INDEPENDENT NEWS

No end in sight for patients on waiting list

Published: Tue 11 Nov 2003 04:08 PM
Media Release
11 November 2003
For immediate release
No end in sight for patients on waiting list
Blindness is taking hold while New Zealanders wait for specialist eye treatment.
At last week’s Royal Australian and New Zealand College of Ophthalmologists conference, ophthalmologist Dr Gillian Clover expressed concern about the number of patients with diabetic retinopathy that are waiting for eye treatments around the country.
Diabetic retinopathy is a complication of diabetes and causes a progressive degenerative disease of the retina. It results in blurred or patchy vision and eventual blindness if left untreated.
A lack of resources has meant that some people are left waiting for up to nine months for eyesight-saving treatment.
Dr. Clover stated: “People are sitting on waiting lists going blind, and that is unacceptable”.
The Royal New Zealand Foundation of the Blind (RNZFB) fully supports Dr Clover’s concern. To the RNZFB, this situation is certainly unacceptable.
The RNZFB’s Blindness Awareness and Prevention Division has been lobbying the government for funding for preventative treatment programmes for people who are at risk of diabetic retinopathy, due to the rapid increase of diabetes in New Zealand.
About 30% of people with Type 2 diabetes will have some form of diabetic retinopathy, which in its most severe cases can cause people to go blind. However, if detected in its earliest stages, loss of vision due to diabetes can be prevented with laser surgery.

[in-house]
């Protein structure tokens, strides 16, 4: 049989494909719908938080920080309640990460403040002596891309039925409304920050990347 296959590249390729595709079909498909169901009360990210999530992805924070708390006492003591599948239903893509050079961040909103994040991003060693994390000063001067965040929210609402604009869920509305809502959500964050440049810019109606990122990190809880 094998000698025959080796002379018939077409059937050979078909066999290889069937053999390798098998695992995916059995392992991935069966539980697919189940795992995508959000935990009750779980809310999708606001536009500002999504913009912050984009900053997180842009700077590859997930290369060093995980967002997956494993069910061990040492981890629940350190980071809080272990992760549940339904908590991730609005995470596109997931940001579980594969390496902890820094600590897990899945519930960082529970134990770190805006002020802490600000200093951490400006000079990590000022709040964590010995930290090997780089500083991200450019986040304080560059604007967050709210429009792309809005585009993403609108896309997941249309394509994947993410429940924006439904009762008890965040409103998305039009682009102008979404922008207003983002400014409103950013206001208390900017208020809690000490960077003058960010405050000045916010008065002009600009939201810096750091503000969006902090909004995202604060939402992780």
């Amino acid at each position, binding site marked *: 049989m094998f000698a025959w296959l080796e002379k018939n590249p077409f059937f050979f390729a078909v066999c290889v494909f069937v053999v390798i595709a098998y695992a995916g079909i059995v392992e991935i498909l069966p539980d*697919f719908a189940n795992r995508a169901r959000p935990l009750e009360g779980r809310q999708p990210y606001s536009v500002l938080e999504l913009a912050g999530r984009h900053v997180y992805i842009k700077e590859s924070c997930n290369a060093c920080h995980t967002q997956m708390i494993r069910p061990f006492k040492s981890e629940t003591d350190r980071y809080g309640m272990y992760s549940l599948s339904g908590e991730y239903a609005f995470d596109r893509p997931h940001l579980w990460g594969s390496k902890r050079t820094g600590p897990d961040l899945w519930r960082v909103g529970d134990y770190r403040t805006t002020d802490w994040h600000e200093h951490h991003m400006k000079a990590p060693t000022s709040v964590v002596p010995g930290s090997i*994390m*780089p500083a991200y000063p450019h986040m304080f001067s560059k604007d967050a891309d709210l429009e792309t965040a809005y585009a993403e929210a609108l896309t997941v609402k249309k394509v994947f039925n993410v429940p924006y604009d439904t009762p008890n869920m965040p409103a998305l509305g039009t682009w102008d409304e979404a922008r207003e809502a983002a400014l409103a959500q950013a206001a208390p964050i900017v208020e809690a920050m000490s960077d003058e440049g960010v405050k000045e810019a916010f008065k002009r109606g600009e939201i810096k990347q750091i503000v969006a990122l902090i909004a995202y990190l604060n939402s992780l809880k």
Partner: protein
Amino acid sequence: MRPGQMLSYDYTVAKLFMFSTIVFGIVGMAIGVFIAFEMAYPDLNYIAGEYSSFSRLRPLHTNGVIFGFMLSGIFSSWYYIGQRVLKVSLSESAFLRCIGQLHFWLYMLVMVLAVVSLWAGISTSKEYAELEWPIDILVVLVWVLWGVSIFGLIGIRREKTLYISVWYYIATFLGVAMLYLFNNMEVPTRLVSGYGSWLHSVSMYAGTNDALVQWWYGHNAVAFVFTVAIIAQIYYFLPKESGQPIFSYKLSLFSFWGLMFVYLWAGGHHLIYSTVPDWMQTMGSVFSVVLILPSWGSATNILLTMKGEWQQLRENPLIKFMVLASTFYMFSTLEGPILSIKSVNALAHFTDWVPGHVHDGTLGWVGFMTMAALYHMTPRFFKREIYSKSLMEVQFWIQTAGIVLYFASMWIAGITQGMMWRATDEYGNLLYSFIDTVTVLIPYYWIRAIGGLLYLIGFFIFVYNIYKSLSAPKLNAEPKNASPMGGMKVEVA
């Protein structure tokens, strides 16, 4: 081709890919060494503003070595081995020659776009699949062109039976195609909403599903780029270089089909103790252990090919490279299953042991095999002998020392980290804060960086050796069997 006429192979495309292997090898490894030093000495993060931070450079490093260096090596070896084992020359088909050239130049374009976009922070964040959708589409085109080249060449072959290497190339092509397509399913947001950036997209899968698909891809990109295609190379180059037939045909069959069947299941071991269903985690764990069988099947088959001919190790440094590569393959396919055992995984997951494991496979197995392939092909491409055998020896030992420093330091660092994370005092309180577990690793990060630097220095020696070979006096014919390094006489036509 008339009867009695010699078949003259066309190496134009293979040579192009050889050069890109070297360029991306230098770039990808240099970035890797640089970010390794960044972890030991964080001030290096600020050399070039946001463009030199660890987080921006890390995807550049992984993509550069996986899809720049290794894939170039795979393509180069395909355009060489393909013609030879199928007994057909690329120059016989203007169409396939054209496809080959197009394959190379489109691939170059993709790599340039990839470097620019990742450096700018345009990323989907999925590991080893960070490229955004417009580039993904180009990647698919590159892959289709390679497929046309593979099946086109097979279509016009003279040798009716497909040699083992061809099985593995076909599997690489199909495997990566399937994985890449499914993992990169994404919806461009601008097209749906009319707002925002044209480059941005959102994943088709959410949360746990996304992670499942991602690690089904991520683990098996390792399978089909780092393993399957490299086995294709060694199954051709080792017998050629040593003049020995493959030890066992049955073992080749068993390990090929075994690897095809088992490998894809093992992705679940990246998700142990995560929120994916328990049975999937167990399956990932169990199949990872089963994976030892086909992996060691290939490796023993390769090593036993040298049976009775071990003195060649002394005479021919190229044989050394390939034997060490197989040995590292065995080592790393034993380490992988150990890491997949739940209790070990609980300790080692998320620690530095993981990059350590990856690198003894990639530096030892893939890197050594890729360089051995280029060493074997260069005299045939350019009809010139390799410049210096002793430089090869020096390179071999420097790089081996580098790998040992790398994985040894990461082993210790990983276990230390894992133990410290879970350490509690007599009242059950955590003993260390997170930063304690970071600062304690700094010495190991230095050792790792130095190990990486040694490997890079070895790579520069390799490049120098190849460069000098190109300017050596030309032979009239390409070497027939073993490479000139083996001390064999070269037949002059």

The RNZFB’s own membership figures indicate that the number of RNZFB members with diabetic retinopathy has increased 169% since 1995. This data indicates that unless some kind of effective preventative measure is taken in the next ten years, diabetic retinopathy and consequently RNZFB membership, is set to increase at rates that the Foundation simply cannot cater for effectively.
Chris Inglis, RNZFB divisional manager, Blindness Awareness and Prevention, says it is crucial that the government shows its support of blindness prevention initiatives by allocating funding to alleviate the current backlog of New Zealanders requiring treatment.
“Diabetic retinopathy is a ticking time bomb, and the possibility of sight loss is hanging over the heads of far too many New Zealanders. It is essential that government provides the resources to lessen the effects of diabetic retinopathy on the eyes and most importantly remove the waiting lists for treatment,” says Ms Inglis.
“This is definitely one issue where an ounce of prevention is worth a pound of cure.”
The RNZFB supports Diabetes Awareness Week (18 - 24 November) and is urging all New Zealanders to get their eyes checked, particularly if they have Type 2 diabetes.
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